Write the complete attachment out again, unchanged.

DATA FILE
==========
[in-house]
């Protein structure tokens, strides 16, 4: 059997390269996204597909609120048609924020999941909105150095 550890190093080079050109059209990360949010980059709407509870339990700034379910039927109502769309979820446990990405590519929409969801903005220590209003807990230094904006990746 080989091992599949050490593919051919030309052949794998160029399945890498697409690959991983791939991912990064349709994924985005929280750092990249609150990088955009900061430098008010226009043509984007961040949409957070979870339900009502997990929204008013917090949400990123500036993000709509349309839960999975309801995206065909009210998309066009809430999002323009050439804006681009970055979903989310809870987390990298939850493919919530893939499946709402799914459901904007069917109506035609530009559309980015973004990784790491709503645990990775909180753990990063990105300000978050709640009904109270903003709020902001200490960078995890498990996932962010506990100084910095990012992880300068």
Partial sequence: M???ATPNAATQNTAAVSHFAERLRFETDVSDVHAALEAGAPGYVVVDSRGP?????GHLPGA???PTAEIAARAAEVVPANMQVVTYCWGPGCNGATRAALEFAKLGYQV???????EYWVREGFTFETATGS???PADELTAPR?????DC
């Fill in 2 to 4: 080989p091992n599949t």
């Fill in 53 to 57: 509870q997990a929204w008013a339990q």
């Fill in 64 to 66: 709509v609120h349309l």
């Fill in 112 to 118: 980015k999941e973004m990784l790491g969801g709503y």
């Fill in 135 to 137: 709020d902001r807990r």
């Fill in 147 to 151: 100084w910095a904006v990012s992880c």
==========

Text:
[in-house]
């Protein structure tokens, strides 16, 4: 059997390269996204597909609120048609924020999941909105150095 550890190093080079050109059209990360949010980059709407509870339990700034379910039927109502769309979820446990990405590519929409969801903005220590209003807990230094904006990746 080989091992599949050490593919051919030309052949794998160029399945890498697409690959991983791939991912990064349709994924985005929280750092990249609150990088955009900061430098008010226009043509984007961040949409957070979870339900009502997990929204008013917090949400990123500036993000709509349309839960999975309801995206065909009210998309066009809430999002323009050439804006681009970055979903989310809870987390990298939850493919919530893939499946709402799914459901904007069917109506035609530009559309980015973004990784790491709503645990990775909180753990990063990105300000978050709640009904109270903003709020902001200490960078995890498990996932962010506990100084910095990012992880300068």
Partial sequence: M???ATPNAATQNTAAVSHFAERLRFETDVSDVHAALEAGAPGYVVVDSRGP?????GHLPGA???PTAEIAARAAEVVPANMQVVTYCWGPGCNGATRAALEFAKLGYQV???????EYWVREGFTFETATGS???PADELTAPR?????DC
């Fill in 2 to 4: 080989p091992n599949t």
């Fill in 53 to 57: 509870q997990a929204w008013a339990q």
């Fill in 64 to 66: 709509v609120h349309l």
């Fill in 112 to 118: 980015k999941e973004m990784l790491g969801g709503y």
């Fill in 135 to 137: 709020d902001r807990r």
């Fill in 147 to 151: 100084w910095a904006v990012s992880c």